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  • Rolf Semprebon

"Deadlocked", Part 2

Axton takes a deep breath, and lets it out slowly. Creed, observing him and the woman at the same time, does the same. Creed nods to him and he nods back. Muscles tense, ready for action. 


A whoosh of movement, and pain slams into Axton’s hand. The knife flies from his grasp and clatters to the floor a dozen feet away. Axton spins to confront his attacker. Dillon stares back, face racked with tension, about to raise the conduit pipe again. Axton grabs the other end of the pipe as his mind tries to grasp what happened.

“What the fuck, Dillon.”

“I won’t let you,” Dillon snarls.

“Are you...?” Axton doesn’t recognize the man in front of him. “How could you? After all I've done for you, all we’ve been through.”

“I won’t let you hurt her.”

“Dillon?” the woman calls out.

The betrayal stuns Axton. He stares at his friend in horror. Dillon jerks at the pipe, but Axton wrenches it away from Dillon. The woman calling out Dillon’s name intensifies the betrayal, the anger that flares up in Axton.

Axton cocks back the pipe, ready to swing it at Dillon.

“You back away. I don’t want to hurt you, Dillon.”

“Then don’t hurt her.”

“Are you defying me?”

“I will not let you hurt her,” Dillon utters through gritted teeth. He has his fists in front of him in a boxer’s stance.

“I ought to cudgel your brains out with this pipe. Please, Dillon. Turn and walk away. You are out of your league, boy.”


“You think you’re a man? Fuck it, Dillon. You want a fight.” Axton tosses the pipe across the room, where it clatters and clangs, loud and echo-y. He pulls off his overcoat and tosses it to the ground. “You know you’re no match for me.”

“Let’s have at it,” Dillon replies, as he whips off his own overcoat, and puts his dukes back up.

“I treated you like a brother. I protected you. And you throw it away on that tramp.” Axton spat his words as he and Dillon began the dance with fists ready to strike. Fist to fist, fists smacking at the enemy’s face and body, the most primal contest to see who is the better man.

Axton should have seen it earlier, when they met up. Dillon’s reluctance to go into details when he and Brand asked Dillon why he’d been absent. Brand needling Dillon about women, and Dillon sullen and recalcitrant. When they went to talk to Creed, Dillon had sat back and added nothing to the conversation. Dillon had planned this betrayal, head twisted up by the woman’s lies, Axton surmises. She is using him to destroy Creed. Dillon was one of few Axton thought he could trust. Axton hates the woman even more, and that hate flowed into his arms and legs as he faces Dillon. He hates Dillon too, for being so weak and gullible.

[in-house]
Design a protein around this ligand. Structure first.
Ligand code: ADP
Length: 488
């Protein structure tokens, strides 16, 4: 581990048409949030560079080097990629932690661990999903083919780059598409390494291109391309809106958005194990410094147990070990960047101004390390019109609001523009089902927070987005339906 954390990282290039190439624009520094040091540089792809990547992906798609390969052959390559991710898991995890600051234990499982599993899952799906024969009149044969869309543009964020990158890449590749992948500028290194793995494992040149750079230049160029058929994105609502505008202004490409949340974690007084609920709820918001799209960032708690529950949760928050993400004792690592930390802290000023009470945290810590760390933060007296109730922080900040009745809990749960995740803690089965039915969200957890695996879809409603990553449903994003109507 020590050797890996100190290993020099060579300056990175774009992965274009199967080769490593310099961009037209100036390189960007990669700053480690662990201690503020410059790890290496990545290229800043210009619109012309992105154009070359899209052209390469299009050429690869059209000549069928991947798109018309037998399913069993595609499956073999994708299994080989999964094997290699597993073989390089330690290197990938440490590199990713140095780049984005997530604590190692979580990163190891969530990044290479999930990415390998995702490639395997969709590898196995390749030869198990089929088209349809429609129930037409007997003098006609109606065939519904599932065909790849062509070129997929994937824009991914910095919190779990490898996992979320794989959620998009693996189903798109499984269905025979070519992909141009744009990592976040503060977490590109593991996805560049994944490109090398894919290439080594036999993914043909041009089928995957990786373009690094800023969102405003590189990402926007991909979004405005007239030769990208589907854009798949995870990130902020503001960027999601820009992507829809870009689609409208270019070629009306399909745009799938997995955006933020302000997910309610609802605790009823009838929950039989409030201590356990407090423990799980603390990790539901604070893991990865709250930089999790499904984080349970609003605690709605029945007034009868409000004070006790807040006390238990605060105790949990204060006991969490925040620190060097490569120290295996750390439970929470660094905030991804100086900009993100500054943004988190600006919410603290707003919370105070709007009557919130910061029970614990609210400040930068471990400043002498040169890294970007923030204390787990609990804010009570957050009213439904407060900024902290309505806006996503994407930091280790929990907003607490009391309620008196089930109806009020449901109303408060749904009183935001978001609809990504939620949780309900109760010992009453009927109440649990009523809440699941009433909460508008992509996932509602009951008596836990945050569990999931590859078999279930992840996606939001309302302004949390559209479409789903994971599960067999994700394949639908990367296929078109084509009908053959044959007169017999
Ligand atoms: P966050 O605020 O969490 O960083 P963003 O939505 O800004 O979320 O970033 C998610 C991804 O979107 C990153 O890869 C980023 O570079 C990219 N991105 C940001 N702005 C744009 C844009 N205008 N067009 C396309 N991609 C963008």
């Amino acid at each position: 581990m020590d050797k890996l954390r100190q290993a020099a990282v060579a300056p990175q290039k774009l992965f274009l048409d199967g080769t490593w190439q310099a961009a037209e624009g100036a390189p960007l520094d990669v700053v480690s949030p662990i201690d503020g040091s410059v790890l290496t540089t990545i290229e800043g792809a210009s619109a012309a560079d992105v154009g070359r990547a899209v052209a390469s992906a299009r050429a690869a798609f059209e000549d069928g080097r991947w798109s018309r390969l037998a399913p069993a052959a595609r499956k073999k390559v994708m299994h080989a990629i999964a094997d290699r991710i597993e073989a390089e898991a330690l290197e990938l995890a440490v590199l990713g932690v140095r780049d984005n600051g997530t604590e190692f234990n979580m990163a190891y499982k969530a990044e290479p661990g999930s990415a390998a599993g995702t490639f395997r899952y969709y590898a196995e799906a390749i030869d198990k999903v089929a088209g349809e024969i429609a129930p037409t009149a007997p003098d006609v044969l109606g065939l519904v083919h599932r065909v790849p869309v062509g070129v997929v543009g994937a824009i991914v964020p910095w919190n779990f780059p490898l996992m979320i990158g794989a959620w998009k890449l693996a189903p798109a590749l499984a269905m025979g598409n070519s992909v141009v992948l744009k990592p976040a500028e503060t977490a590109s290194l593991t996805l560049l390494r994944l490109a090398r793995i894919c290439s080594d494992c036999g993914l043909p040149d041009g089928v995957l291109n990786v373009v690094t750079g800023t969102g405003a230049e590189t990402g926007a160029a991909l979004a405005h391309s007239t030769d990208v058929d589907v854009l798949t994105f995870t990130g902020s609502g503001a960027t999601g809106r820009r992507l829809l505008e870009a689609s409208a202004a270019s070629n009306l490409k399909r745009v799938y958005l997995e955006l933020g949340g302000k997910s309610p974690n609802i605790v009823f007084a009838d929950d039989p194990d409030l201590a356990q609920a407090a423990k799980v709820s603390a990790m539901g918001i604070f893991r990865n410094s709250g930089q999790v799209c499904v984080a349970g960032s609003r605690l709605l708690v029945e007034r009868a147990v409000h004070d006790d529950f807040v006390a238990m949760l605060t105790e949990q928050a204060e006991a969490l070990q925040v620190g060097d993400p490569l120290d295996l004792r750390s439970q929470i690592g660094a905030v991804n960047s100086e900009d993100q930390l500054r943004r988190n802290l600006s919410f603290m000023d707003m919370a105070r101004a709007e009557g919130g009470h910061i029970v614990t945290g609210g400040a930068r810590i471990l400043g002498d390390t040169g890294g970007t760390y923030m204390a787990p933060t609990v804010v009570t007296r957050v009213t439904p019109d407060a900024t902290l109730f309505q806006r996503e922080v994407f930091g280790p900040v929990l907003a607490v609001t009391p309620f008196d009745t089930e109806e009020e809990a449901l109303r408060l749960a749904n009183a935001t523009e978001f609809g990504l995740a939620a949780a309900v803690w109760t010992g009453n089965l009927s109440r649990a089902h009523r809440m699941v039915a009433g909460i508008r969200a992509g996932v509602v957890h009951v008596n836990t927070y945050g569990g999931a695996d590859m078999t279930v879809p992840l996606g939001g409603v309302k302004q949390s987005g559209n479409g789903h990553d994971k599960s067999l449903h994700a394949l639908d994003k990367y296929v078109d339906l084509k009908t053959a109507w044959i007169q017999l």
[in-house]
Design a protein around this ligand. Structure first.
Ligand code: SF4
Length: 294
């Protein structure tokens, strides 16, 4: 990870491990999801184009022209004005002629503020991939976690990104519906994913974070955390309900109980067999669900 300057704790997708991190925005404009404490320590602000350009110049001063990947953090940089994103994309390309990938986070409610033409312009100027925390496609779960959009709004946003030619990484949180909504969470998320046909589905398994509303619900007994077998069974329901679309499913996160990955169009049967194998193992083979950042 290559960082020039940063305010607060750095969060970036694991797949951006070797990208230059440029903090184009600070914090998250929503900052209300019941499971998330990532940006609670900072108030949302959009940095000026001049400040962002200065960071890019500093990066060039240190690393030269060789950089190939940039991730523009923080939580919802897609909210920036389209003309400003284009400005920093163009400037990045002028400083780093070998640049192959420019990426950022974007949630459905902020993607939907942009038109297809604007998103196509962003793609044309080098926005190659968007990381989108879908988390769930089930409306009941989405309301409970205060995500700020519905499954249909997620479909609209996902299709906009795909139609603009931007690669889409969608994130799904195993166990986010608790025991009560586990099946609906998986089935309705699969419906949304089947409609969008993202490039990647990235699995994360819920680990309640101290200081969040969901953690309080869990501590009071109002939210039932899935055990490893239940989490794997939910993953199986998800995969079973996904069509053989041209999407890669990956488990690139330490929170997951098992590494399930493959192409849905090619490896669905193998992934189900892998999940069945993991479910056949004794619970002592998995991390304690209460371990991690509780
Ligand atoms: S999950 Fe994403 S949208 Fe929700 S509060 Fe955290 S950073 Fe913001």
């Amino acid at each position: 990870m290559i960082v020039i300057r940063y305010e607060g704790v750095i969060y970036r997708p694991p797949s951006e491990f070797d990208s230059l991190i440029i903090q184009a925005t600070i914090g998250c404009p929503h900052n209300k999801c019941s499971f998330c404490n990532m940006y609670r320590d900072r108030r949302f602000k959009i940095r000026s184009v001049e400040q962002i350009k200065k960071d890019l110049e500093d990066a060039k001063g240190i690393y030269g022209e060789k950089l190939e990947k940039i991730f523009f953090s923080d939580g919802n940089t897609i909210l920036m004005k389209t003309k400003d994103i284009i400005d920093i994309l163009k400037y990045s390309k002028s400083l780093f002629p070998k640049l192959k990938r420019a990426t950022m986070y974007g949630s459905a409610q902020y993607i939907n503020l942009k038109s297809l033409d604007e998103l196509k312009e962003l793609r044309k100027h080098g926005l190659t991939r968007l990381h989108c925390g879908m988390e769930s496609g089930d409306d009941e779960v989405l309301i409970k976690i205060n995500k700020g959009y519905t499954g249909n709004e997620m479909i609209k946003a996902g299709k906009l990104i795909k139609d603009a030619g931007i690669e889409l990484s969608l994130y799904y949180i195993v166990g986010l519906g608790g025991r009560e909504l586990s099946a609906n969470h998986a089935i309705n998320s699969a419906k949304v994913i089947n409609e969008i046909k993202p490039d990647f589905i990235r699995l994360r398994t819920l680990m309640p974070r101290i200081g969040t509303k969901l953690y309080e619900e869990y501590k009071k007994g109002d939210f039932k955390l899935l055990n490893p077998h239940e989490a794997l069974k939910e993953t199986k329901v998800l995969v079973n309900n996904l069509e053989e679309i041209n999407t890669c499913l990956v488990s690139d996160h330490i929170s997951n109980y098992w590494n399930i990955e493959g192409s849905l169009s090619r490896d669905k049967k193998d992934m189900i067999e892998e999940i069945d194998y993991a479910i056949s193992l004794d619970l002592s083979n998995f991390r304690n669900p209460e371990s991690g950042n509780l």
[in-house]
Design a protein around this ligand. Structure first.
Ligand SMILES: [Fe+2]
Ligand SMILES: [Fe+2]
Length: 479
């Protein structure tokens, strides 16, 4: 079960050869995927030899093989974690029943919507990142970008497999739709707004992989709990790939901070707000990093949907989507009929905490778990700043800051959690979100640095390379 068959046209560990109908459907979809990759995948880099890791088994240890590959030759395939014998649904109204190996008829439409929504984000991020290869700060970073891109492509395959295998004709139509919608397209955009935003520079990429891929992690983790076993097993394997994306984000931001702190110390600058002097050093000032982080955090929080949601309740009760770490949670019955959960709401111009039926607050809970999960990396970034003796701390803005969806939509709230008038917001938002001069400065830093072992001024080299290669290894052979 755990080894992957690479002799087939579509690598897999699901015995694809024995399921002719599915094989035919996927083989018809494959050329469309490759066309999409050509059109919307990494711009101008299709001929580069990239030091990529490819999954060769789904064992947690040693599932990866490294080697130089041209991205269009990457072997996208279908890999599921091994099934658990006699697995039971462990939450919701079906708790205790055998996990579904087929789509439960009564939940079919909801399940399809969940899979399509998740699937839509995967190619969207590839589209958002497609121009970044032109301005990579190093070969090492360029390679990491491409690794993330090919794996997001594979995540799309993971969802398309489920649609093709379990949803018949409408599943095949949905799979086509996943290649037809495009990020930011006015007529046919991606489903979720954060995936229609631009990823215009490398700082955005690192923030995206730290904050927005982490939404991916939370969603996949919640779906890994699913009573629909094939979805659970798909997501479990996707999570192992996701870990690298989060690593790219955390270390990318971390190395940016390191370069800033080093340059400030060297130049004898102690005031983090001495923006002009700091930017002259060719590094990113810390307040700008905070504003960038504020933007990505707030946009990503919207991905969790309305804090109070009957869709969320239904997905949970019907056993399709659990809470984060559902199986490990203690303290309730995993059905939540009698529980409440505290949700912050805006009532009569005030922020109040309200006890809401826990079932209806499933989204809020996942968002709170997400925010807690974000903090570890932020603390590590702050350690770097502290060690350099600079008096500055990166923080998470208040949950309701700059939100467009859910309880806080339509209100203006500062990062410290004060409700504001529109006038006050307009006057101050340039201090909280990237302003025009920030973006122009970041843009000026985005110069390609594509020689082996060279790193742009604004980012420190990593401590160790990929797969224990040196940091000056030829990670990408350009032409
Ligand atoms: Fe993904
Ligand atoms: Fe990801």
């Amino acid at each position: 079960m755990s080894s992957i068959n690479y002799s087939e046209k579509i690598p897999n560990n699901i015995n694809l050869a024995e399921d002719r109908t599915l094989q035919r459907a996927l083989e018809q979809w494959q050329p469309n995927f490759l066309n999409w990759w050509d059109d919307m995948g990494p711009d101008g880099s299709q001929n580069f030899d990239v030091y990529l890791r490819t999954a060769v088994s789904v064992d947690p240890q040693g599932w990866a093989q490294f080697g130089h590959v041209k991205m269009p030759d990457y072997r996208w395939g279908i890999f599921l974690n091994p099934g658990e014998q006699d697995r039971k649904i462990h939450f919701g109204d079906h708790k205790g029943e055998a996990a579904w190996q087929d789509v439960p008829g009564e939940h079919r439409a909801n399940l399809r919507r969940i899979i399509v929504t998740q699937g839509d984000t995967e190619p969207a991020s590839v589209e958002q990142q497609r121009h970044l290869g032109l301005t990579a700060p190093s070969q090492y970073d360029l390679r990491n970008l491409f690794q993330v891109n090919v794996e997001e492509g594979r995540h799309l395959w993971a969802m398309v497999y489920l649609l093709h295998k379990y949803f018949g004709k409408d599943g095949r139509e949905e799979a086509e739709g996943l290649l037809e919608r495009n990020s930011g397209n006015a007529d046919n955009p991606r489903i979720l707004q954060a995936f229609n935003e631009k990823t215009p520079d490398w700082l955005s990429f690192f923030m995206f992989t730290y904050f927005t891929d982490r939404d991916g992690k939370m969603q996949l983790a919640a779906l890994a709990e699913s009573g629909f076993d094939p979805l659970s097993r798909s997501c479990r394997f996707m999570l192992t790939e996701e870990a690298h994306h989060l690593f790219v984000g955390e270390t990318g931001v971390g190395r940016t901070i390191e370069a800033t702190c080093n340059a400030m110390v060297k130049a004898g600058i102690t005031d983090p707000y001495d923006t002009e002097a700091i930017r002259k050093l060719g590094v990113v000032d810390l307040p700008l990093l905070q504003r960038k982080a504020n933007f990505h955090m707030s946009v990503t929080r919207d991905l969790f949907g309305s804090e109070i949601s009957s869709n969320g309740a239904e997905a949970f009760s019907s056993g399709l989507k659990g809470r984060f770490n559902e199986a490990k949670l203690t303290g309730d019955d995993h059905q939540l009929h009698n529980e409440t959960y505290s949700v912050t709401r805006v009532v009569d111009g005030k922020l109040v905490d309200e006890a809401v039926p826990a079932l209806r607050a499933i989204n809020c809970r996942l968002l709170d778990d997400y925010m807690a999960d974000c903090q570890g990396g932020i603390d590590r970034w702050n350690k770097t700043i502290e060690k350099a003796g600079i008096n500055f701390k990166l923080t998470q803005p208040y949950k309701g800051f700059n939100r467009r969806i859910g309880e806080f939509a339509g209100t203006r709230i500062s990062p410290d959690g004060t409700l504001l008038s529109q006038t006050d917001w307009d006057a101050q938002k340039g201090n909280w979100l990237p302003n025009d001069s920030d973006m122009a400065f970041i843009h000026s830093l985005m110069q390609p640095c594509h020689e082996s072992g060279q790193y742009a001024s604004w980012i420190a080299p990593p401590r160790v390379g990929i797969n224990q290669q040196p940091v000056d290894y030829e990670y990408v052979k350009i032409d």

But he will teach Dillon a lesson, not the one he intended. Dillon is no fighter. Stupid to even attempt a fistfight with Axton. Why would he even try? Axton smiles, knowing it will be no contest.

What was he thinking? Dillon knows he’s no match for Axton as he faces him. He didn’t want it to come to this, and yet in the back of his mind, he knew there would inevitably be a showdown. He tried to avoid it. Headed toward the theater earlier, he cursed himself that Axton arrived first. As Dillon approached, he ran the conversation in his head, to convince Axton they should not get involved, let Creed deal with his own problems.

When he reached Axton, his courage wavered, and the words refused to come out of his mouth. 

Dillon was livid that Axton brushed him off. Nothing he said would stop Axton, and he couldn’t walk away and desert Eden. Now, he faces Axton at fisticuffs, and he thinks, even if it came to this, maybe he can win, simply because he has fairness on his side. In movies, the underdog overcomes at the crucial moment at the climax. All he needs is one good swing at Axton’s smug mug. One knock-out blow.

Axton leers at him behind a pair of steady fists. Dillon lunges with a quick right-left combo that Axton easily deflects. Axton swings back, so fast Dillon barely dodges the first one and the second hits him on the side of the chest. He reels back as Axton advances with right and left hooks.

Dillon glances over at Eden, who still has the revolver on Creed, while Creed hovers over the other gun, inches from his reaching hand. Creed glares back at him for a moment before fixing his eyes back on Eden.